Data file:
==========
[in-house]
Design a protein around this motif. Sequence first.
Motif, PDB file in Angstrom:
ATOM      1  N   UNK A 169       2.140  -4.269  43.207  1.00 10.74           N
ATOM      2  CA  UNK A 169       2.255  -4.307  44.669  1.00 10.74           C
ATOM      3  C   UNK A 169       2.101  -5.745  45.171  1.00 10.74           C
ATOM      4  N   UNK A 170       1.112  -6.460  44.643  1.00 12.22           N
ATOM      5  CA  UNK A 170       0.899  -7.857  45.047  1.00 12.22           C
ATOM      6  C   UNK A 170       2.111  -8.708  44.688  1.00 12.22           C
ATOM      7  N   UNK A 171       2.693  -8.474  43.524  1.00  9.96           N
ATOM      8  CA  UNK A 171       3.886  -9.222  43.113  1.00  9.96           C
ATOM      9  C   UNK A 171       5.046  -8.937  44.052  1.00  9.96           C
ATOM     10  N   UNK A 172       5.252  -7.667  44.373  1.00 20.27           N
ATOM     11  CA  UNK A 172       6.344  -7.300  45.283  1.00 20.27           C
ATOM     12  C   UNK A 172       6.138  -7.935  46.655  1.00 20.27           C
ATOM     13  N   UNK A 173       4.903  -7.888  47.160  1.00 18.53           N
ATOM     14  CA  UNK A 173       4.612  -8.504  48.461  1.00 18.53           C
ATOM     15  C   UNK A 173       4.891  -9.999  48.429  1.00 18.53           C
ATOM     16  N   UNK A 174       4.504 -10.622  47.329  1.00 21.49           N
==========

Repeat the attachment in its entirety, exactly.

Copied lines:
[in-house]
Design a protein around this motif. Sequence first.
Motif, PDB file in Angstrom:
ATOM      1  N   UNK A 169       2.140  -4.269  43.207  1.00 10.74           N
ATOM      2  CA  UNK A 169       2.255  -4.307  44.669  1.00 10.74           C
ATOM      3  C   UNK A 169       2.101  -5.745  45.171  1.00 10.74           C
ATOM      4  N   UNK A 170       1.112  -6.460  44.643  1.00 12.22           N
ATOM      5  CA  UNK A 170       0.899  -7.857  45.047  1.00 12.22           C
ATOM      6  C   UNK A 170       2.111  -8.708  44.688  1.00 12.22           C
ATOM      7  N   UNK A 171       2.693  -8.474  43.524  1.00  9.96           N
ATOM      8  CA  UNK A 171       3.886  -9.222  43.113  1.00  9.96           C
ATOM      9  C   UNK A 171       5.046  -8.937  44.052  1.00  9.96           C
ATOM     10  N   UNK A 172       5.252  -7.667  44.373  1.00 20.27           N
ATOM     11  CA  UNK A 172       6.344  -7.300  45.283  1.00 20.27           C
ATOM     12  C   UNK A 172       6.138  -7.935  46.655  1.00 20.27           C
ATOM     13  N   UNK A 173       4.903  -7.888  47.160  1.00 18.53           N
ATOM     14  CA  UNK A 173       4.612  -8.504  48.461  1.00 18.53           C
ATOM     15  C   UNK A 173       4.891  -9.999  48.429  1.00 18.53           C
ATOM     16  N   UNK A 174       4.504 -10.622  47.329  1.00 21.49           N